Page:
Join us for an evening of new insights into Canadian Legal History.
This evening will feature the current holders of the Society’s R. Roy McMurtry Fellowships in Canadian Legal History. Doctoral students Filippo Spossini (University of Toronto) and Anna Jarvis (York University) will discuss their research. Come and hear about civil commitment for insanity in the nineteenth century, and about colonial judges, patronage and family networks.
Anna Jarvis, Patronage and the Canadian Colonial Judiciary: Edward Jarvis of Prince Edward Island
This presentation will look at the role patronage played in the life and career of Edward James Jarvis, who was Chief Justice of Prince Edward Island from 1828-1852. Jarvis was part of a second generation of Loyalist families whose fathers sought to further their son’s careers by drawing on professional, community, and family ties, networks those sons in turn drew on for their own sons. Jarvis sought the patronage of fellow attorneys, judges, colonial officials, and other prominent figures to further his legal career, illustrating the ways in which the patronage system functioned to maintain social, economic, and political divisions and hierarchies within colonial society.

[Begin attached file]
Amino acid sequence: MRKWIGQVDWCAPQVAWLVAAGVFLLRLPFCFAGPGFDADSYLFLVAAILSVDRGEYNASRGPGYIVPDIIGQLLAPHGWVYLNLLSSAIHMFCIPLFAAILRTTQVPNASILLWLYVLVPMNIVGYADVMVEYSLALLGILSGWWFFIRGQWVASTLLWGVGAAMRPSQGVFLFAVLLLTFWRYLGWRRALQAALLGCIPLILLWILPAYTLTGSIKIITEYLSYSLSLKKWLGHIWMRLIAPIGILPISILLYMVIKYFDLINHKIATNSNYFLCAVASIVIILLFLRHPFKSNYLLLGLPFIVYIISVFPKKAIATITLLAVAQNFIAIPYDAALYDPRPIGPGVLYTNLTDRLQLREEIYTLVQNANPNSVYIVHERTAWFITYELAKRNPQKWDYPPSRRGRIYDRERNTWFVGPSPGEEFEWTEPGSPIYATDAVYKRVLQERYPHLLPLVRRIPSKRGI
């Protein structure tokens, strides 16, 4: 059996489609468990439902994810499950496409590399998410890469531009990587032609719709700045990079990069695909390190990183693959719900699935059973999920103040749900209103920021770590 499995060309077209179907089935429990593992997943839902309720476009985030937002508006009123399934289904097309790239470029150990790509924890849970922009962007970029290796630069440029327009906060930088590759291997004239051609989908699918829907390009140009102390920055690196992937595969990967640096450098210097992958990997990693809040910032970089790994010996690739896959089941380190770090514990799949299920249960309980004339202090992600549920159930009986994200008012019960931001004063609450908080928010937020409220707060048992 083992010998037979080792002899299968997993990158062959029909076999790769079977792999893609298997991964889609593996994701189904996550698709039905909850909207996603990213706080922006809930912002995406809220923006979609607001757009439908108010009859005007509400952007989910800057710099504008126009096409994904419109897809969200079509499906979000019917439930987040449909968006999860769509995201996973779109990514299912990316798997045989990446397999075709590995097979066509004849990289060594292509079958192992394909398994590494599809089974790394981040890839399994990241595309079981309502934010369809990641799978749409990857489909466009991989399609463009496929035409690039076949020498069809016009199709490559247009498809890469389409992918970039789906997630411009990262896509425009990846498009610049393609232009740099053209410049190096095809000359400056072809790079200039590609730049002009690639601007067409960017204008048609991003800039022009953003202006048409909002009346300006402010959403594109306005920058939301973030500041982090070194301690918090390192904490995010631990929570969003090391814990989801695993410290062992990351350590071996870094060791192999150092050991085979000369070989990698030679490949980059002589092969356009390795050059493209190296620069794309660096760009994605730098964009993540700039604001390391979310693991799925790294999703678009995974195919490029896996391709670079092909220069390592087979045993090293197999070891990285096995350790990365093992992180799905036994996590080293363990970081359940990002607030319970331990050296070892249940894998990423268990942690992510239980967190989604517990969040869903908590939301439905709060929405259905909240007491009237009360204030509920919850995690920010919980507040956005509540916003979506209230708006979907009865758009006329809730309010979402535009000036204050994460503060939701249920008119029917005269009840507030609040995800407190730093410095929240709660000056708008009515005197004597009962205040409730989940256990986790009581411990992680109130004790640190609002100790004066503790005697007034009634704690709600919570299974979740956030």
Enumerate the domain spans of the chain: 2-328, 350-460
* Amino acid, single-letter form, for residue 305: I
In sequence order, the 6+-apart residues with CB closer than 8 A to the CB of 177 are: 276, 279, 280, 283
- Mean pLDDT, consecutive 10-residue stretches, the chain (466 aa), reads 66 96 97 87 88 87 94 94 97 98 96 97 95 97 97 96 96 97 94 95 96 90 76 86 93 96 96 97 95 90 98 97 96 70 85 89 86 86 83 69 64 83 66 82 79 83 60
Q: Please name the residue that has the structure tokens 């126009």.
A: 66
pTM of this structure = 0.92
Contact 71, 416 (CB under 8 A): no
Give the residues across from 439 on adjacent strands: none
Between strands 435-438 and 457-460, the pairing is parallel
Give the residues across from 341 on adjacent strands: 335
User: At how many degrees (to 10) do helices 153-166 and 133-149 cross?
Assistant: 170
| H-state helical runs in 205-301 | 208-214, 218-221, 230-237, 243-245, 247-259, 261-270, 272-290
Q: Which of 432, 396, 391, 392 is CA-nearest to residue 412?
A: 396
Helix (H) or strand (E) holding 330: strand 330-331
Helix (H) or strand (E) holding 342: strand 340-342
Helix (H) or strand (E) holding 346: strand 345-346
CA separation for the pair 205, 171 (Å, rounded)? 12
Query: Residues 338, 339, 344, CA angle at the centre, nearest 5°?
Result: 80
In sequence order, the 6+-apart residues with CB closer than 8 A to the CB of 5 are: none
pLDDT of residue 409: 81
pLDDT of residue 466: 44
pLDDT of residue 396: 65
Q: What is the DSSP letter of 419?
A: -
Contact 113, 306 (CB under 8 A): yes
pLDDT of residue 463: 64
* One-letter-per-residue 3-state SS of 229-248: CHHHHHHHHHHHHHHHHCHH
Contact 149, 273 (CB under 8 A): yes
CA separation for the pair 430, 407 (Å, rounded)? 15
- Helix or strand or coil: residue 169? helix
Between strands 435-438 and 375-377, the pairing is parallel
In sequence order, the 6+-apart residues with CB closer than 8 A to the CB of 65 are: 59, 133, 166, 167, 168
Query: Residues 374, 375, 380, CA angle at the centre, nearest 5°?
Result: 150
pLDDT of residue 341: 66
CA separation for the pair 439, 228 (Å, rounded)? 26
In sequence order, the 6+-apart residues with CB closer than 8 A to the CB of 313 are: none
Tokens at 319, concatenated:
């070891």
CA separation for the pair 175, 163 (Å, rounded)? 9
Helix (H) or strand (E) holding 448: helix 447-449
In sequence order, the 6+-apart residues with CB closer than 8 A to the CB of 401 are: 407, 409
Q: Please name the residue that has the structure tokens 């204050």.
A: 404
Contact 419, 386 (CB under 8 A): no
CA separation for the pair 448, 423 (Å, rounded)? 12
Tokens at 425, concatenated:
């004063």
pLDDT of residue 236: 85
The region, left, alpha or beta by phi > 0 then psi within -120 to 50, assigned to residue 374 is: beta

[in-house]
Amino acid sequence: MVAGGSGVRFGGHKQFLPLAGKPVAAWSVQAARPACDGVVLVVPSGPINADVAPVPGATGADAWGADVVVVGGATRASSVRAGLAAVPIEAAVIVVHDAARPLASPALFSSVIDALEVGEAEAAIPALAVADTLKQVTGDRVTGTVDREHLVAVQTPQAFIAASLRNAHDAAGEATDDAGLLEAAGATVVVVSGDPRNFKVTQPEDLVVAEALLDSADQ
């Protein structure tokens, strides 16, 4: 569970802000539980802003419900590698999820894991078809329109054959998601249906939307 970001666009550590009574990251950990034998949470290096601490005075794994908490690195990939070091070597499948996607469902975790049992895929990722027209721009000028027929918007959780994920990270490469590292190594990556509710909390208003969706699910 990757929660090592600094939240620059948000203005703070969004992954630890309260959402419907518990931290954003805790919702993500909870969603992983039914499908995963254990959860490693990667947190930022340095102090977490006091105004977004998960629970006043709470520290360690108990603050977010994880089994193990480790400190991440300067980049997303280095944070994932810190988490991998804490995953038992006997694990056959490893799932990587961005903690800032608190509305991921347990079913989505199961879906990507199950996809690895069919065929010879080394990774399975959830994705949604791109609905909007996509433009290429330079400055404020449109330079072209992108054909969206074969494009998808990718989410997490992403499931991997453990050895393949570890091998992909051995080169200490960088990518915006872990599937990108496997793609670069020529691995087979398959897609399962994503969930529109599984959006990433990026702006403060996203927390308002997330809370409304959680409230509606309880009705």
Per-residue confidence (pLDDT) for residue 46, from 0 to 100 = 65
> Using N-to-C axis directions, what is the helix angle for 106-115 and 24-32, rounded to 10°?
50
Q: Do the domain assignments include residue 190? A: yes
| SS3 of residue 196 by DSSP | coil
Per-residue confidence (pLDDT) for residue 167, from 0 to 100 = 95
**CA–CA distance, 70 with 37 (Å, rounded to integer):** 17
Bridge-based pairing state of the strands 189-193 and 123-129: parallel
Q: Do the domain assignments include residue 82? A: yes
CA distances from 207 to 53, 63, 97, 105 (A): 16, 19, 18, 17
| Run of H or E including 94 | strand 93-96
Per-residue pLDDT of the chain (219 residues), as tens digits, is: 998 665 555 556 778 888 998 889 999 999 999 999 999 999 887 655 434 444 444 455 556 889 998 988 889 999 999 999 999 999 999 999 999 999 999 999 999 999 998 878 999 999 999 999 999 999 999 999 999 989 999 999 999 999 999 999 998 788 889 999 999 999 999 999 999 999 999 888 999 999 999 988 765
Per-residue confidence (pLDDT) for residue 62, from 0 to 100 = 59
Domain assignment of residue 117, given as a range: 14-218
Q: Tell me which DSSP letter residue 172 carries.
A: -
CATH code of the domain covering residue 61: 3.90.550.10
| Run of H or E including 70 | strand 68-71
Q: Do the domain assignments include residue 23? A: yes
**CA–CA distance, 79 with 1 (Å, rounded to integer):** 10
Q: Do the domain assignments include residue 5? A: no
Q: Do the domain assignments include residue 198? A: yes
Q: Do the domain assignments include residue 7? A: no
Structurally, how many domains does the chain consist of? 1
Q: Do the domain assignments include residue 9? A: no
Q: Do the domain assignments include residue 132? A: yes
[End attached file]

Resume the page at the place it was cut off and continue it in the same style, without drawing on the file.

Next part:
Filippo Sposini, Just the Basic Facts: The Certification of Insanity in Ontario (1870s-1890s)
The certification of insanity was a medico-legal procedure regulating admission into psychiatric institutions. This presentation will focus on the certification procedure developed during the second half of the nineteenth-century in Ontario. Taking the Toronto Lunatic Asylum as a case study, it will explore the introduction of certificates of insanity, examination practices, and people involved in the process. It will show that certification in Ontario was a consensus-based procedure shielding medical practitioners from potential legal actions.
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